In states where medical exemptions from vaccination requirements for kindergarten students are easier to get, exemption rates are higher, potentially compromising herd immunity and posing a threat to children and others who truly should not be immunized because of underlying conditions, according to a study published in The Journal of Infectious Diseases and now available online.
Nationwide in scope, the study found inconsistency among states in standards allowing medical exemptions from school immunization requirements. The investigators concluded that medical exemptions should be monitored and continuously evaluated to ensure they are used appropriately.In their study, Stephanie Stadlin, MPH, Robert A. Bednarczyk, PhD, and Saad B. Omer, MBBS, MPH, PhD, from the Hubert Department of Global Health at Emory University Rollins School of Public Health in Atlanta, evaluated state medical exemptions from kindergarten entry requirements over seven school years (from 2004-'05 to 2010-'11), which totaled 87,631 medical exemptions nationwide over the period studied. The researchers found that, compared to states with more stringent criteria for getting medical exemptions, states with easier requirements saw a significant increase in these exemptions. Their findings suggest that requiring more accountability of both parents and physicians for granting medical exemptions can be helpful in ensuring that these exemptions are valid and not used as an alternative to non-medical exemptions because they are easier to obtain.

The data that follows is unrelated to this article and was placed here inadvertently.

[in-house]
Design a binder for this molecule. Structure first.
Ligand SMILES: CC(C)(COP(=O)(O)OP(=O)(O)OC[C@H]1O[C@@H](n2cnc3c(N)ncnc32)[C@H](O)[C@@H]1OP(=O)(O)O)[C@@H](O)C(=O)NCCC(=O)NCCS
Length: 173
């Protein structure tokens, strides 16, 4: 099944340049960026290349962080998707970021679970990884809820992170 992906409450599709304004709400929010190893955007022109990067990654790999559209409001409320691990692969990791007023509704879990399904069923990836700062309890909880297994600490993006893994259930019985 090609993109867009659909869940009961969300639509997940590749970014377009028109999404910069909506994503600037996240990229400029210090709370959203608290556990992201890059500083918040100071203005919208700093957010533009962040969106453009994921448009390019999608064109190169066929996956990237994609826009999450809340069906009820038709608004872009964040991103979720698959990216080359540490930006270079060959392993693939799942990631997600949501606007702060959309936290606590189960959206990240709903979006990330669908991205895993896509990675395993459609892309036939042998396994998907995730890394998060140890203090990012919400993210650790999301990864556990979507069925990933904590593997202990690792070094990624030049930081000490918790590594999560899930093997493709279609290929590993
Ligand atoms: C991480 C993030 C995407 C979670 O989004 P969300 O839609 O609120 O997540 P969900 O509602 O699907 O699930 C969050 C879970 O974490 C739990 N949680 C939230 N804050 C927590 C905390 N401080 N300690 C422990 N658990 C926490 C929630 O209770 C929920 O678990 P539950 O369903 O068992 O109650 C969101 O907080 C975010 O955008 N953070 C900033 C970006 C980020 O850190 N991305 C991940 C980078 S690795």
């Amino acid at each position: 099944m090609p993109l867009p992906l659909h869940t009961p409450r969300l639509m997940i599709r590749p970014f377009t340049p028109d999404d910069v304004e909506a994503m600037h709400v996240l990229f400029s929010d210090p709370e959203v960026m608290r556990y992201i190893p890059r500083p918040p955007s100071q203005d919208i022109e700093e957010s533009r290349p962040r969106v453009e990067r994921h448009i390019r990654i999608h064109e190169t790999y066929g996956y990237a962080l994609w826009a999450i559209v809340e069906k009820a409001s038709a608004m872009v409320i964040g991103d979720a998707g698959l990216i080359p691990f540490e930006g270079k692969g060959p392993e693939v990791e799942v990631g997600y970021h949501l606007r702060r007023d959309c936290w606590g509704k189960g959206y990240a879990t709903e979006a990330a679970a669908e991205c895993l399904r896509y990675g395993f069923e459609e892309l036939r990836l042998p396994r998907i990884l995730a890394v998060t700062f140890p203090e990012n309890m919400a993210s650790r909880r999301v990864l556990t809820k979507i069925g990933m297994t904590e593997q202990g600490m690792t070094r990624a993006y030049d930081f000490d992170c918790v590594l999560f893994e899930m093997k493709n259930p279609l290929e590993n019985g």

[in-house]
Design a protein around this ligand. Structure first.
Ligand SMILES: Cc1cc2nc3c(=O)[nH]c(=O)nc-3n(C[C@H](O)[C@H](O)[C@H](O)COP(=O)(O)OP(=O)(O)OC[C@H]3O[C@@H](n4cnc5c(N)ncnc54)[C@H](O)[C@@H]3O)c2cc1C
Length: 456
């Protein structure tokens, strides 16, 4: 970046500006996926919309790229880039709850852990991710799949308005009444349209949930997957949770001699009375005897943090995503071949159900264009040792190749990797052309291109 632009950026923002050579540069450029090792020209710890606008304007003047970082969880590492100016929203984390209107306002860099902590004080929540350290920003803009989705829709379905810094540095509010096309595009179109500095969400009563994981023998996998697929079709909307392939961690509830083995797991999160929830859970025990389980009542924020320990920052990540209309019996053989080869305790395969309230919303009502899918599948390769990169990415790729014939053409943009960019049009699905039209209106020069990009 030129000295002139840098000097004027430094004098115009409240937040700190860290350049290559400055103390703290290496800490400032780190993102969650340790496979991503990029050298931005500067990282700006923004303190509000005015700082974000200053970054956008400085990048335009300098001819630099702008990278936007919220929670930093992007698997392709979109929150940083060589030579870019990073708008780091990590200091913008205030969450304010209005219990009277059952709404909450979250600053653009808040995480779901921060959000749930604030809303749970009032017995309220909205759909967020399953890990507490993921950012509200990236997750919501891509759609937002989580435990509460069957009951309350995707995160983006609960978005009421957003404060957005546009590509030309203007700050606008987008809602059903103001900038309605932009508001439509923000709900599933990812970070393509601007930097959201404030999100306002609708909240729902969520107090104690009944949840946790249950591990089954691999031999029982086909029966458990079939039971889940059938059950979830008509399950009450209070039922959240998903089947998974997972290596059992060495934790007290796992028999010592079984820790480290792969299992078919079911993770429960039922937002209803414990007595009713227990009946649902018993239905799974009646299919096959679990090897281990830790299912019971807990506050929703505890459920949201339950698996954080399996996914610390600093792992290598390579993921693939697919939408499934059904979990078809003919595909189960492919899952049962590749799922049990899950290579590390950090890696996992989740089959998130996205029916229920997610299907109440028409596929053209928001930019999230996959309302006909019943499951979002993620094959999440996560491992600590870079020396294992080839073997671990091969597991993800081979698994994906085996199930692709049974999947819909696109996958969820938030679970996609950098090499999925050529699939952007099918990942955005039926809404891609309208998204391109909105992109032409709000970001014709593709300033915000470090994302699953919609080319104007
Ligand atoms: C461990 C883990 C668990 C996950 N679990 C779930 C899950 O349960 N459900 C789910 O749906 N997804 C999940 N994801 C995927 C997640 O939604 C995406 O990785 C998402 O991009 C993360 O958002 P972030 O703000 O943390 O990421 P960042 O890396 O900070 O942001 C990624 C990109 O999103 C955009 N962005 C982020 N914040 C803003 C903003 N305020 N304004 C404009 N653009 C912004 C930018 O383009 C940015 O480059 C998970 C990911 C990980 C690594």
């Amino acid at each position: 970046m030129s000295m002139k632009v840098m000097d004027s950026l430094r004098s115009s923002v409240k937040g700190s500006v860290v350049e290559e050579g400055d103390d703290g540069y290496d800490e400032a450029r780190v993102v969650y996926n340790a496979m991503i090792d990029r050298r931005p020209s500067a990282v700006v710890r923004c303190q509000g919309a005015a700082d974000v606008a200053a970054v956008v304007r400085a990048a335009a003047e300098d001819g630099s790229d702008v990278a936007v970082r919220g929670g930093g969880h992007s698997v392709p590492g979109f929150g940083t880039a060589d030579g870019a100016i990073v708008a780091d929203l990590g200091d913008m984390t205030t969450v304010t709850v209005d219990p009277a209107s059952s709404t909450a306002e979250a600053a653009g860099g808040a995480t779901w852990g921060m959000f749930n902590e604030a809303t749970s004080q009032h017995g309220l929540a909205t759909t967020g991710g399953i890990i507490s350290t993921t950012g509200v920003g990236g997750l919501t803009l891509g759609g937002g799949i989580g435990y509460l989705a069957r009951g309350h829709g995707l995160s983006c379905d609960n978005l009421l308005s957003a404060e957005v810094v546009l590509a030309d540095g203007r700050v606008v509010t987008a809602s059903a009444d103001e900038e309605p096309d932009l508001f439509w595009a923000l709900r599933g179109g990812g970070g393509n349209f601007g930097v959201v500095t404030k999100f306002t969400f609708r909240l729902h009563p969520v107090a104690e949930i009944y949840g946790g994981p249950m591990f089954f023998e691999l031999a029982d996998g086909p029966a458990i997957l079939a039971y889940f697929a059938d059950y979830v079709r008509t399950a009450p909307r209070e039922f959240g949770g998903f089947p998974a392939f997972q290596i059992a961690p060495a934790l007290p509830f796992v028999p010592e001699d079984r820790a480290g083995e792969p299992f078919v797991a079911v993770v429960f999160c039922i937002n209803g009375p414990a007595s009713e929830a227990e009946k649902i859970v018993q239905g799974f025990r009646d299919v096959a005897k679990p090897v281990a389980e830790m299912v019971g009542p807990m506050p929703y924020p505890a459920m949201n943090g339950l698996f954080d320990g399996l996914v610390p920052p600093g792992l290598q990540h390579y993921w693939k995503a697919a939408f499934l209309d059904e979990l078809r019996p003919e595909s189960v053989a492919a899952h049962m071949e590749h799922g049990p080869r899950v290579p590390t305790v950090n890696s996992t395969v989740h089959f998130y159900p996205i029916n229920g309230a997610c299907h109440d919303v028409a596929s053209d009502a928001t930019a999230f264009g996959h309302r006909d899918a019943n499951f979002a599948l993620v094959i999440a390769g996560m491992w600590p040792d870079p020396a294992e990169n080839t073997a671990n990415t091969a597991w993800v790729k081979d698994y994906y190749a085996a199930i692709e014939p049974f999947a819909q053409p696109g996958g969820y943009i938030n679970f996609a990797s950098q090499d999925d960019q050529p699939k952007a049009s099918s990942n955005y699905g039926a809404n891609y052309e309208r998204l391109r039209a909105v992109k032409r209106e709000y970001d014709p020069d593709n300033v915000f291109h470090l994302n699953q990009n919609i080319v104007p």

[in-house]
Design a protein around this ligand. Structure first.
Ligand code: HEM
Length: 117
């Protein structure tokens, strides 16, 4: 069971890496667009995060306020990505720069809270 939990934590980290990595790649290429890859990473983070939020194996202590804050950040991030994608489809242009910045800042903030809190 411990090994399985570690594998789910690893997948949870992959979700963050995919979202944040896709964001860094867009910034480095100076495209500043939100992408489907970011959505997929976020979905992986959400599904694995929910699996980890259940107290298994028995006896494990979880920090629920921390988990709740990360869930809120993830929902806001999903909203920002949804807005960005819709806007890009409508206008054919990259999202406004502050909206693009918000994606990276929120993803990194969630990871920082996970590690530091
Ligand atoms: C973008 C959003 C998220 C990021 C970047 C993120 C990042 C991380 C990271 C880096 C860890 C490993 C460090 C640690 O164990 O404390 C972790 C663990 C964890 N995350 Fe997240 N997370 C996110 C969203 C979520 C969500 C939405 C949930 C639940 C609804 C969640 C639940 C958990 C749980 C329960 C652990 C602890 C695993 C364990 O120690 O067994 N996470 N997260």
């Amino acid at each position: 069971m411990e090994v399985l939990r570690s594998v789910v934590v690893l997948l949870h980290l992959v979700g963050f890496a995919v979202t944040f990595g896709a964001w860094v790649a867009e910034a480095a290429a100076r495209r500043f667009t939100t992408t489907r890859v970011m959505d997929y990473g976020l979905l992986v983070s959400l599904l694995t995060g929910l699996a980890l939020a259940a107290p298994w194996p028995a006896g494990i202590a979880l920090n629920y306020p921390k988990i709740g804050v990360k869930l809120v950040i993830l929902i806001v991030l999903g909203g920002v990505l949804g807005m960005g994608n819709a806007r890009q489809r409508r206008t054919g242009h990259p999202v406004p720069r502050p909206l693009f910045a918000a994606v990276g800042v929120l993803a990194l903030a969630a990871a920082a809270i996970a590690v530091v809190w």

Rates of medical exemptions from kindergarten immunization requirements were higher in states where these exemptions are easier to obtain and in states that allow permanent compared to temporary exemptions.
The appropriate use of medical exemptions from immunization requirements is important in maintaining community or herd immunity and protecting public health.
Improper medical exemptions from school vaccination requirements can result in serious and life-threatening infections in children and others who truly cannot be vaccinated due to underlying conditions.
Founded in 1904, The Journal of Infectious Diseases is the premier publication in the Western Hemisphere for original research on the pathogenesis, diagnosis, and treatment of infectious diseases; on the microbes that cause them; and on disorders of host immune mechanisms. Articles in JID include research results from microbiology, immunology, epidemiology, and related disciplines. JID is published under the auspices of the Infectious Diseases Society of America (IDSA). Based in Arlington, Va., IDSA is a professional society representing more than 9,000 physicians and scientists who specialize in infectious diseases. For more information, visit www.idsociety.org
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